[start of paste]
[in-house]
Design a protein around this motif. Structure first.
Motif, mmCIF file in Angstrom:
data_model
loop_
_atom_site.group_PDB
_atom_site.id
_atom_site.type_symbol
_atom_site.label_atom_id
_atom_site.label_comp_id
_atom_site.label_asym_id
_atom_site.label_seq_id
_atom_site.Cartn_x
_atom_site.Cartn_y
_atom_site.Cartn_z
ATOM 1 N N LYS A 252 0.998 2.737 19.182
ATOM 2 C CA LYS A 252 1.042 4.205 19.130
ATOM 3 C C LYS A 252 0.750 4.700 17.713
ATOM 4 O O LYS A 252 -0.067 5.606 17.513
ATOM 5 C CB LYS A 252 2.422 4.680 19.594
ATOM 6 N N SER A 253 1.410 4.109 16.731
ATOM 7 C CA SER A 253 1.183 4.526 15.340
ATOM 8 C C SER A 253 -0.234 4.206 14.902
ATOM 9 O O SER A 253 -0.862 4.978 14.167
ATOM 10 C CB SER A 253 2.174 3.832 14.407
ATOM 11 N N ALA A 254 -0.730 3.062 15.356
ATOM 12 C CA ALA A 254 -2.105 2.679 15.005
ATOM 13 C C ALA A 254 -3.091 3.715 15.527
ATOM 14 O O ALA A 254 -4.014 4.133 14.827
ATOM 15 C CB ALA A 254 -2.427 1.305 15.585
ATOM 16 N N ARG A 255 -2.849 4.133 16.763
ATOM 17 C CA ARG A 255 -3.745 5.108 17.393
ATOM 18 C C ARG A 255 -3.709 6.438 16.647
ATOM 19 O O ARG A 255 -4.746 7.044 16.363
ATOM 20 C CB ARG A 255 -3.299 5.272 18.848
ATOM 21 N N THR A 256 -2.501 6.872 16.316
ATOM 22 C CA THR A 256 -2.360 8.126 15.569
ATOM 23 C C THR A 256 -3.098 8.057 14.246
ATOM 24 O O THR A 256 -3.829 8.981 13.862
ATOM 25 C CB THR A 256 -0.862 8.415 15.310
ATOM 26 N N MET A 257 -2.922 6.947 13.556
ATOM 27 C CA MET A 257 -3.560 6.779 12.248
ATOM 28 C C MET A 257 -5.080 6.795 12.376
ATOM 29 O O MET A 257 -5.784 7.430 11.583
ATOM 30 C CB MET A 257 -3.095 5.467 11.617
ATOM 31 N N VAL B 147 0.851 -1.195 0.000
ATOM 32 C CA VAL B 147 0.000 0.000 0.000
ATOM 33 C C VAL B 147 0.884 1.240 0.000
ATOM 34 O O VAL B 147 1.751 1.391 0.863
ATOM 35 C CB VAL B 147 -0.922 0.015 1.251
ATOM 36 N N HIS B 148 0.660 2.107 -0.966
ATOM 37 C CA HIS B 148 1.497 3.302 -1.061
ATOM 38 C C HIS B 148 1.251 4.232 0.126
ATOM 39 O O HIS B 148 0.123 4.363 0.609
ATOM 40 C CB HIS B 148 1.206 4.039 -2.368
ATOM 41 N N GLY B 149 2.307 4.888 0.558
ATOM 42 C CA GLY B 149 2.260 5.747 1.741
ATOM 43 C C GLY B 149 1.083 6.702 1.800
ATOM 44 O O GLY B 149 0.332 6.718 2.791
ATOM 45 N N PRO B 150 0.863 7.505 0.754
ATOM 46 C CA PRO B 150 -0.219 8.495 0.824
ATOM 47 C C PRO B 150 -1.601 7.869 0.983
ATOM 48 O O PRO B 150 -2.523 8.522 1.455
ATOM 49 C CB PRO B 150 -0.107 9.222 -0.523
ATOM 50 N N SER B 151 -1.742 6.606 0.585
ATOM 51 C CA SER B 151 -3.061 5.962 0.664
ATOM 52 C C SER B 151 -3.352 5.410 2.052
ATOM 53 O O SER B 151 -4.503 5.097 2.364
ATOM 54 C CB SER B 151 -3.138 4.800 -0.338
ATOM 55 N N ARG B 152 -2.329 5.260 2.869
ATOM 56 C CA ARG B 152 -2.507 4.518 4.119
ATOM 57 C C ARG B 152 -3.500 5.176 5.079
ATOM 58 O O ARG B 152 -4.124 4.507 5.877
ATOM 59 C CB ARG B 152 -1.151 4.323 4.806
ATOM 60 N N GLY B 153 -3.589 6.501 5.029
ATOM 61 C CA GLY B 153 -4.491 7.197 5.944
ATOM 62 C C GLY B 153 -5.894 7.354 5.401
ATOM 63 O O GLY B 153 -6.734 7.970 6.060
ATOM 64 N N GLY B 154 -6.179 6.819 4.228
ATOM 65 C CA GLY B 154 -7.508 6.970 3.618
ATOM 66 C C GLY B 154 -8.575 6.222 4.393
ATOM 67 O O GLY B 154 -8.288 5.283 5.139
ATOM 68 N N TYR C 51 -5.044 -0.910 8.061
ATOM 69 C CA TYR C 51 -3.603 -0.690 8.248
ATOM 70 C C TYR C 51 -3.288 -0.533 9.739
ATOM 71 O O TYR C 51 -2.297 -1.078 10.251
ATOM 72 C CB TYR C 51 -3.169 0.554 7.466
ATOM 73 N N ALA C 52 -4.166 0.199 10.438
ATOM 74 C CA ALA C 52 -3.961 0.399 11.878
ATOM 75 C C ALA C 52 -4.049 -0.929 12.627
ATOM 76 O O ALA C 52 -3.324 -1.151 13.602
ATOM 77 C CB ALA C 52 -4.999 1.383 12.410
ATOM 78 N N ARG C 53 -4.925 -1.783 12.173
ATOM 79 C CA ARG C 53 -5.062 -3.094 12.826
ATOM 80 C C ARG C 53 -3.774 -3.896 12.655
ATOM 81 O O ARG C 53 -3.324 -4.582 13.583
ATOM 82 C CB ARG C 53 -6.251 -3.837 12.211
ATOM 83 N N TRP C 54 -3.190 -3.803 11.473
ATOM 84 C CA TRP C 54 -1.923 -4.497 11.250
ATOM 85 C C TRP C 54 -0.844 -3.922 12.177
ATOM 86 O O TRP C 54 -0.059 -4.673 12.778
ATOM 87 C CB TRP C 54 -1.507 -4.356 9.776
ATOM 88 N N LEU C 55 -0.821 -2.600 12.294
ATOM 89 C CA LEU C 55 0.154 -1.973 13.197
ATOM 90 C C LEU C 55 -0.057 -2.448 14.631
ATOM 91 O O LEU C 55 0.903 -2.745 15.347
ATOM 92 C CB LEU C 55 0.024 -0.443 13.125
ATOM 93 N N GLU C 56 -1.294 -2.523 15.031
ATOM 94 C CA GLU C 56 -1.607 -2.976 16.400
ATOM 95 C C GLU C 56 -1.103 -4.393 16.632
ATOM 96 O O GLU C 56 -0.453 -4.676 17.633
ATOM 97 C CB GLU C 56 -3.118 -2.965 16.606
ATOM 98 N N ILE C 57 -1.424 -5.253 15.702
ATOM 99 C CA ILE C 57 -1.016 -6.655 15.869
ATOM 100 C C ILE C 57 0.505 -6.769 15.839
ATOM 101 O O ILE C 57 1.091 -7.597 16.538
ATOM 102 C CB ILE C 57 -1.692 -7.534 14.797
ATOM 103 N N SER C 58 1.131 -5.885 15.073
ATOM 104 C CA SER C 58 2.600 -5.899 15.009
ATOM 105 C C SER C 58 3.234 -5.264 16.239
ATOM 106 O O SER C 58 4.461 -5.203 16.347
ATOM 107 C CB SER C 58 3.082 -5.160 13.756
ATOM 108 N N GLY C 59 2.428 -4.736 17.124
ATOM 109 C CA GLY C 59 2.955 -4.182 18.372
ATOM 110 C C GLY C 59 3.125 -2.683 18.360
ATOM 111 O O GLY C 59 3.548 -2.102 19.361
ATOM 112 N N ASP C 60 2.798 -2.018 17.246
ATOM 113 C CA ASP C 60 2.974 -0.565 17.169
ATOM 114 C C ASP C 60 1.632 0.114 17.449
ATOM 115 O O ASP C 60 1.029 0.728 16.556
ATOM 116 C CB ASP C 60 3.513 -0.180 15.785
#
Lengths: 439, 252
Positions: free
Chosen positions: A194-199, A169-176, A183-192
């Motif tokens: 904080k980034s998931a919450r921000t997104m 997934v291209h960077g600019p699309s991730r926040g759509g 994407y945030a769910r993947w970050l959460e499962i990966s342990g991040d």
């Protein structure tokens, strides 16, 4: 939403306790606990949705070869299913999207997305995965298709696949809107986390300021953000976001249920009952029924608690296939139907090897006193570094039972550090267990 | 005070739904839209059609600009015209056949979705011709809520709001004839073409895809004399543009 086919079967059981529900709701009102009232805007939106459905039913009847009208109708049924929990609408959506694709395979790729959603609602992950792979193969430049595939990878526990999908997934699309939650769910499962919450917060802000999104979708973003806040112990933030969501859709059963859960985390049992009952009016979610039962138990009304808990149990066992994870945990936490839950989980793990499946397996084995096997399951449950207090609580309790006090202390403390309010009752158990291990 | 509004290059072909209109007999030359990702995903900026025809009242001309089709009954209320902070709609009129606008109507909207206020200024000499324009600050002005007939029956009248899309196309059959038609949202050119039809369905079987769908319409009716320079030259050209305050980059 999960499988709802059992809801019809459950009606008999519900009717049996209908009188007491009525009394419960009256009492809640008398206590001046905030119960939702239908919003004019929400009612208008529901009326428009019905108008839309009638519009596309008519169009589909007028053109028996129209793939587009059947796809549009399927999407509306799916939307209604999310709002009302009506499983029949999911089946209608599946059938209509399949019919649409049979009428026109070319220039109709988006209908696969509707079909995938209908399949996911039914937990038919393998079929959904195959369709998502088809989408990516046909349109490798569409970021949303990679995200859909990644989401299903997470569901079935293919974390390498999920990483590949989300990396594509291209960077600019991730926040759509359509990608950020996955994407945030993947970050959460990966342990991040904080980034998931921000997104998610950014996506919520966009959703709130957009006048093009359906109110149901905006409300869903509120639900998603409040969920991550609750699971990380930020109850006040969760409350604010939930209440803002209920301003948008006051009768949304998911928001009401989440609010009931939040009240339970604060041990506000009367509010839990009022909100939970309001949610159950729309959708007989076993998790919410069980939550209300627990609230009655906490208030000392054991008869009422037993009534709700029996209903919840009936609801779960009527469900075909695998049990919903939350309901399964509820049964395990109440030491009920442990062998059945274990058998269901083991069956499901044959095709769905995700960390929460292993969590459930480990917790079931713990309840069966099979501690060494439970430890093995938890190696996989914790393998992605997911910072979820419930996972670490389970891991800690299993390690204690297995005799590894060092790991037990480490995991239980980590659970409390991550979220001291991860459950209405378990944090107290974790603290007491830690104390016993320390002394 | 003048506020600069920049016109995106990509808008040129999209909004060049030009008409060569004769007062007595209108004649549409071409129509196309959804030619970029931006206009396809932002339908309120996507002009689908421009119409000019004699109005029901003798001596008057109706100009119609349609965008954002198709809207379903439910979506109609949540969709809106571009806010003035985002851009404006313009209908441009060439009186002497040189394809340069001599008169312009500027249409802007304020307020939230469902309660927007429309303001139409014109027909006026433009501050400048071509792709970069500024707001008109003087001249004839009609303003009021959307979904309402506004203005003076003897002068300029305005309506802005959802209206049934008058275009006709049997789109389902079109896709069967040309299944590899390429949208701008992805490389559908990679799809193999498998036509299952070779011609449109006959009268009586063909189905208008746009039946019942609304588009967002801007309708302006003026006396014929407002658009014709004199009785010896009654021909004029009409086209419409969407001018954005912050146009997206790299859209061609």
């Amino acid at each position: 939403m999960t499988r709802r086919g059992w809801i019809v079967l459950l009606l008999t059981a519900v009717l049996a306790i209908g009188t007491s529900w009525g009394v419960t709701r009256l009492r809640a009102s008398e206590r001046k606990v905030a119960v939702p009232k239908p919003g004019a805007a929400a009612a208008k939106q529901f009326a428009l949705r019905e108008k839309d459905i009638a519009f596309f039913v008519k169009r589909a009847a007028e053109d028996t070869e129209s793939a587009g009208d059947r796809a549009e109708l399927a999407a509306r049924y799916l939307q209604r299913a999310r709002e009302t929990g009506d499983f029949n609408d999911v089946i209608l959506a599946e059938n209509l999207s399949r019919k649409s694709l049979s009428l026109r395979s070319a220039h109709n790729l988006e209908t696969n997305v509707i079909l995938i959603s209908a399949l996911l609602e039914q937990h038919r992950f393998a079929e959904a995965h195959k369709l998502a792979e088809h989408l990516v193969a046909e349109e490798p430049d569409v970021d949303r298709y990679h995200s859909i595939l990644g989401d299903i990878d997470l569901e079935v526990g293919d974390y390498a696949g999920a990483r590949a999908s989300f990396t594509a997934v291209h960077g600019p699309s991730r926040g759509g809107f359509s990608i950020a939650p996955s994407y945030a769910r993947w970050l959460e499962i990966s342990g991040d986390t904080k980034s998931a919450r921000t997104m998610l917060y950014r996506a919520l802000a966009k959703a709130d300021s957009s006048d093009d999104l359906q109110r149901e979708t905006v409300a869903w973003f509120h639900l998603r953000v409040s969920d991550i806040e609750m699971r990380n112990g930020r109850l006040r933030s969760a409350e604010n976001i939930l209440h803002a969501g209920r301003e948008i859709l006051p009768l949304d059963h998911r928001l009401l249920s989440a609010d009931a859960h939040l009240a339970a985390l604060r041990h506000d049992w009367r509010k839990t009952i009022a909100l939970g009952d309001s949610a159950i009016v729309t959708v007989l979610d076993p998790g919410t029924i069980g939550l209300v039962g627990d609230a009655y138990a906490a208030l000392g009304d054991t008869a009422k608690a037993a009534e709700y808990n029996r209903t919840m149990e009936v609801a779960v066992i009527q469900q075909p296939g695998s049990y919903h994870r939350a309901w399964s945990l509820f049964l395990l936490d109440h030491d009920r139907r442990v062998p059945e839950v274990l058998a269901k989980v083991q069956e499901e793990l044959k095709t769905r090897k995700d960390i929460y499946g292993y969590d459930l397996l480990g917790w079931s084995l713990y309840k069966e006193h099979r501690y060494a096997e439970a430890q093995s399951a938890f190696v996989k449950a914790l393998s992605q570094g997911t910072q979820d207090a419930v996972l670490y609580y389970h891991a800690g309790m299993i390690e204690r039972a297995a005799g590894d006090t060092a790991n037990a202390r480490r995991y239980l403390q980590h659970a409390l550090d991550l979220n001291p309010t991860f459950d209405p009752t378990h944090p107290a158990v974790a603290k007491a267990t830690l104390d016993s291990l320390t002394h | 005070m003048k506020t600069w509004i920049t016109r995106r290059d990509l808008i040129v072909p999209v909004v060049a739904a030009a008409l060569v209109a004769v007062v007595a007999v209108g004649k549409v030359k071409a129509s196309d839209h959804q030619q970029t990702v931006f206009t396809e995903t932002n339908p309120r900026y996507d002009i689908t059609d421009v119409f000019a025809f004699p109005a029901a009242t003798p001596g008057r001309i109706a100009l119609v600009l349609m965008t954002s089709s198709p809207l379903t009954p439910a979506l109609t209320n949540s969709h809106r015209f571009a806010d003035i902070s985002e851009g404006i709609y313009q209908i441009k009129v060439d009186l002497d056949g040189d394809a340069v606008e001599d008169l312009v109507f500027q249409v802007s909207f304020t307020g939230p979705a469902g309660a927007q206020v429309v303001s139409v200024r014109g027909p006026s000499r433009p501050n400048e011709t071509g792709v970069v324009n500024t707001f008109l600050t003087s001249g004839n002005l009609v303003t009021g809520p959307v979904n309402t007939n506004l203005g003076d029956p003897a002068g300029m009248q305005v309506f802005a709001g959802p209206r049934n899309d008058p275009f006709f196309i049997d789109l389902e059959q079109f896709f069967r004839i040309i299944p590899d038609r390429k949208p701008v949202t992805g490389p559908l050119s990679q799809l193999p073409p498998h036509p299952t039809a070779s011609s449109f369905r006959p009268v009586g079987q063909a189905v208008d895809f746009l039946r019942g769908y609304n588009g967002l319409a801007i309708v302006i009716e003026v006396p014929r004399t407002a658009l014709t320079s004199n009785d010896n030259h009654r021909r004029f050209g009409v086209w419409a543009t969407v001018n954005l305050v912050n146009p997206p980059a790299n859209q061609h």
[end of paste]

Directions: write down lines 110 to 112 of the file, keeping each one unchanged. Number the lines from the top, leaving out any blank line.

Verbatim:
ATOM 95 C C GLU C 56 -1.103 -4.393 16.632
ATOM 96 O O GLU C 56 -0.453 -4.676 17.633
ATOM 97 C CB GLU C 56 -3.118 -2.965 16.606